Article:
I used to be one of those people that thought you should do anything and everything for your kids – that they should be the priority. It’s portrayed in movies of parents willing to do anything for their kids. Overtime this philosophy has changed for me, especially since finding Trevor.
You can pause before continuing, and read this awesome article by a mom: “Why my husband will always come before my kids.” I’m so glad to stumble upon this article because I’ve had the same views, but her perspective comes from the eyes of an actual mother and wife. I’m just adding my own thoughts below :)
We can’t control the weather; there are so many unforeseen obstacles that might try to break up the solid marital relationships we’ve spent months or years building. And then there are the things we can control, like work, school, friends, relatives, hobbies, and lifestyles. When you look at how great your relationship is with your spouse, would you want something to come between that? Trevor and I made a commitment to prioritize each other, and to do our best to minimize potential wedges that could come between us. Kids… they can definitely be a wedge!
I’ve seen in families close to me, what being too involved in their children’s lives can do to a marriage. Their only dates become attending the kids’ sports or musical performances. Most of their conversations become solely about their kids instead of each other. Overtime these habits can progress… (And we wonder why people get divorced after 25 years of marriage…) I have the same views as the author of the article when she says:
“There’s no question that the bond between a mother and child is unbreakable. But I view my investment in my relationship with my spouse as one that is beneficial to our family as a whole. Prioritizing my husband’s needs decreases our chances of getting divorced; it also increases the probability that our children will remain in a two-parent home.”
“In a few years, our son and daughter will leave our home and when they do, I want to celebrate a job well done with my lover — not sit in a quiet house with a person who has become a stranger as a result of years of quietly drifting apart.”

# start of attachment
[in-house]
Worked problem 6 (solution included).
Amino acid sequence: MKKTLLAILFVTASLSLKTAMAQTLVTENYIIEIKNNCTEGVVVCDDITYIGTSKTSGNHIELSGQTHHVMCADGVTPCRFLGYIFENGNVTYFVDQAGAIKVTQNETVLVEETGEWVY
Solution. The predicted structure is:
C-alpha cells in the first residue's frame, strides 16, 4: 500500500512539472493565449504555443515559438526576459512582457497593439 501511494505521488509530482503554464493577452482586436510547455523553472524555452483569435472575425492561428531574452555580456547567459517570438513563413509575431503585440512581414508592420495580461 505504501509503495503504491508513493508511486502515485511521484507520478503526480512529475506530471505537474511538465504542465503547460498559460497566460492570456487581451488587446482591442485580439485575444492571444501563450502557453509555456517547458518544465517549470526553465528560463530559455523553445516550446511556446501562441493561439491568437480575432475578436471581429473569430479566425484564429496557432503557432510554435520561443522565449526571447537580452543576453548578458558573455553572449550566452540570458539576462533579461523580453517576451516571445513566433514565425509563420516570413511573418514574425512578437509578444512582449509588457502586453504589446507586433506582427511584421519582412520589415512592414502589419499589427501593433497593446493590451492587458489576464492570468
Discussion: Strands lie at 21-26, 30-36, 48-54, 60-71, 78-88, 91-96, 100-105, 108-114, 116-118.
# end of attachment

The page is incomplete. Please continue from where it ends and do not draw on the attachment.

No, we don’t have kids yet, so no, I don’t know what a parental love feels like. You could say that makes a huge difference on this topic. However, I actually like that I’m learning this lesson and deciding on it now, before we do have kids; before one of us starts feeling continuously neglected. That is one of my biggest worries in thinking about adding children to our family – I worry how it will affect our marriage.
Of course, more time is dedicated to taking care of tiny humans that can’t take care of themselves, so that’s understandable. But there is a difference. If I post a thousand pictures of my kid, I’m not going to say things like: “I couldn’t imagine loving someone more!” or “They are my everything!” If I did that, I could see Trevor in the corner asking, “Uhhh… what about me?” And I wouldn’t blame him!
What it comes down to, is that Trevor is my everything, and our kids will be a close second.
Some people forget that their kids will eventually belong to someone else. They will grow up, be able to take care of themselves, and become their own independent person. They will marry someone, and build their own family. And you, the parents, will always have your marriage. Something so long-term and so significant is not meant for the back-burner.